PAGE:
By: Max Cohen
Impunity Watch Reporter, South America
LIMA, Peru – A court has convicted two former military officers of human rights abuses for their role in the torture and murder of civilians in 1983 during a conflict between the government and the Maoist Shining Path rebel group. Recently indigenous tribal leaders have vowed to block the government from accessing their territories and halt oil production unless an indigenous rights law is applied within 20 days.
The case against the former military officers had dragged on for a decade, and resulted in only two convictions thus far, with a third officer cleared due to lack of evidence and suspended sentences for two others due to their dementia. One of the surviving victims of the torture unfortunately died before the verdict came in. The two officers who were convicted were sentenced to 23 and 30 years respectively, however they did not appear in court for their sentencing and authorities are seeking their arrest. The country of Peru was also found to be partially responsible for the crimes and as such has been ordered by the court to pay reparations to the families of the victims. In addition to murder and torture of around 53 people, those in charge at the military base of Los Cabitos used an oven to burn the bodies of their victims.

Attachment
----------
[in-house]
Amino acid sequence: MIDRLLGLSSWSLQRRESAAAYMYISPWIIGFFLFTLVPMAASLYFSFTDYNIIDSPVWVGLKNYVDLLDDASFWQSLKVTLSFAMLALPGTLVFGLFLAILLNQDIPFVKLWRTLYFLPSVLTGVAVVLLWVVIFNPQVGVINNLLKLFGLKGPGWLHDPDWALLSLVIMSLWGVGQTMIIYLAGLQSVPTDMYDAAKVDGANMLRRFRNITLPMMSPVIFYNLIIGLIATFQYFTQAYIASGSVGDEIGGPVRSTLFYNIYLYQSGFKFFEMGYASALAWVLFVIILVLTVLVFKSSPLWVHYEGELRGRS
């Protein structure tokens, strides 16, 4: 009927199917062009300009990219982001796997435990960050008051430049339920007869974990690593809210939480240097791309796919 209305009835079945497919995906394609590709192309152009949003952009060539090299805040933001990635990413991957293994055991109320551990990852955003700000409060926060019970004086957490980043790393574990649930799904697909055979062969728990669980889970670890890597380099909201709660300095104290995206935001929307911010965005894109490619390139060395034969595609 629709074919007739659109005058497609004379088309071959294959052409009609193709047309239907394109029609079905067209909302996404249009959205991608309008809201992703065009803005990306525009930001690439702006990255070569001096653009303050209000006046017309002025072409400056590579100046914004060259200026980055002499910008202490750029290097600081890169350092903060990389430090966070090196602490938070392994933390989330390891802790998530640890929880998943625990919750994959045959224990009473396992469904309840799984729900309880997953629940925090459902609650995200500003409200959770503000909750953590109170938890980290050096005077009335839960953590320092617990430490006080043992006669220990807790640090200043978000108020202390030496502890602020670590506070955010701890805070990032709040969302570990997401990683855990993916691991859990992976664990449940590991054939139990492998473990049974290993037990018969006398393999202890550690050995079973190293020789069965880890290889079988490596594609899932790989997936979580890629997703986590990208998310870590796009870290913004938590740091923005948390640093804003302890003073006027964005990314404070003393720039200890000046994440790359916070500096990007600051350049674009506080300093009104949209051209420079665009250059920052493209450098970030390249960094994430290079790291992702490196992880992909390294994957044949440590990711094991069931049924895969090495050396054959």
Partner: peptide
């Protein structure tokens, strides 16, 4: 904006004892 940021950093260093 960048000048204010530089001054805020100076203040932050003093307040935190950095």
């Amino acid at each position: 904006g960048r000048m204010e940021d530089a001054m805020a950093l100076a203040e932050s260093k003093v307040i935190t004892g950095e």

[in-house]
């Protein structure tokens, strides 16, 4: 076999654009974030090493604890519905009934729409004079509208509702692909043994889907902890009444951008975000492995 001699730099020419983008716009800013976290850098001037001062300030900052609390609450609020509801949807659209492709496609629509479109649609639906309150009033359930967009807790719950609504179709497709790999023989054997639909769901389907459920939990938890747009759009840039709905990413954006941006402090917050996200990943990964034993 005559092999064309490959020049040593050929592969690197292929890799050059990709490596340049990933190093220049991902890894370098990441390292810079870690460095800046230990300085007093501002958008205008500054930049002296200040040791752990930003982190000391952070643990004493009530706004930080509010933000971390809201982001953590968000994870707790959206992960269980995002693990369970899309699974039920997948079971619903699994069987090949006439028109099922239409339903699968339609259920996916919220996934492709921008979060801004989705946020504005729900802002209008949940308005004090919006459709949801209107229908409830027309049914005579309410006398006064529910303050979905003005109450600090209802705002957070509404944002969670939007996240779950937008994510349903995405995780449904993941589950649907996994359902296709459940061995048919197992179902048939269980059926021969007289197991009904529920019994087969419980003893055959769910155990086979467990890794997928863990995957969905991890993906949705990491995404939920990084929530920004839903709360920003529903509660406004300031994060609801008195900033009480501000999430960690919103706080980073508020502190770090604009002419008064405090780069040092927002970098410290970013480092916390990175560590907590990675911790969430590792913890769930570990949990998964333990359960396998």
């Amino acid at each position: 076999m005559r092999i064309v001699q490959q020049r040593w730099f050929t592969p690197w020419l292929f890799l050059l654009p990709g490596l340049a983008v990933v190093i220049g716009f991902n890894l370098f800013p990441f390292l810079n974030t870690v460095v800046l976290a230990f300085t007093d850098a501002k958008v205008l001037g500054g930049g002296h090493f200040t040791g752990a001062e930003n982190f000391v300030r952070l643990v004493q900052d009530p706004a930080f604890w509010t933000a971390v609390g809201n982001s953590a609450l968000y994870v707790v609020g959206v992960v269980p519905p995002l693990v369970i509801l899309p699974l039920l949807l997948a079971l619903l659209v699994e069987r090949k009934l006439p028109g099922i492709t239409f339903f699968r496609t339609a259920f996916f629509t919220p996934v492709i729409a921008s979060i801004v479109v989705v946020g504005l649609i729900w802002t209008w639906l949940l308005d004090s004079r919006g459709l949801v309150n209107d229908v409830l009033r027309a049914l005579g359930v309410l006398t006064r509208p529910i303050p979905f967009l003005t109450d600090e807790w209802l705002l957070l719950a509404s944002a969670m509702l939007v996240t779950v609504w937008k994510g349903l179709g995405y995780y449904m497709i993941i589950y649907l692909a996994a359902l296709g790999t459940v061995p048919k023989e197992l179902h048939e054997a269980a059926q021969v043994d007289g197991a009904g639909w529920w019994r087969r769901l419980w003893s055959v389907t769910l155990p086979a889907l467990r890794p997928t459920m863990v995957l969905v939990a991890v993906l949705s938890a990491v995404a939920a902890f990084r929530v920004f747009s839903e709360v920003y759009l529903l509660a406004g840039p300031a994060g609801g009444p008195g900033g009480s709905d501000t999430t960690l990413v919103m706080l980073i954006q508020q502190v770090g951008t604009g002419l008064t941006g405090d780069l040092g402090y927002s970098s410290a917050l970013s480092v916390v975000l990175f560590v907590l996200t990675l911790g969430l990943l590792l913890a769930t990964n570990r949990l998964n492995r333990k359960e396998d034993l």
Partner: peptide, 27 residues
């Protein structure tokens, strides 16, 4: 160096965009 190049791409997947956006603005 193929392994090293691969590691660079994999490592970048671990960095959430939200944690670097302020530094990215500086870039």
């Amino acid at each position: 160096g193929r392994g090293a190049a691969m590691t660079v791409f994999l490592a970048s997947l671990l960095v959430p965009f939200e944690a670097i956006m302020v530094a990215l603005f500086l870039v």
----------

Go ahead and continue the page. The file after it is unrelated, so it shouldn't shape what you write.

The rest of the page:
During the 20-year conflict between the Peruvian government and the Maoist Shining Path rebel group that began in 1980, about 69,000 people were killed or went missing. Seventy five percent of those who were killed were indigenous peoples.
In recent days, tribal leaders have accused the current Peruvian government of refusing to carry out a consultation process even though the government is negotiating a new contract with Frontera Energy, whose current contract expires in 2019. Currently there exists a law, passed in 2011, which requires the government to seek the informed consent of the indigenous people before undergoing any development which may affect them. However, the government has not confirmed whether another consultation would happen, stating that one which had taken place during 2015 was still valid. Even though a consultation would not veto the project if indigenous leaders say no, tribal leaders have threatened to cut off access to their territories from both the government and oil companies if the demand is not met.
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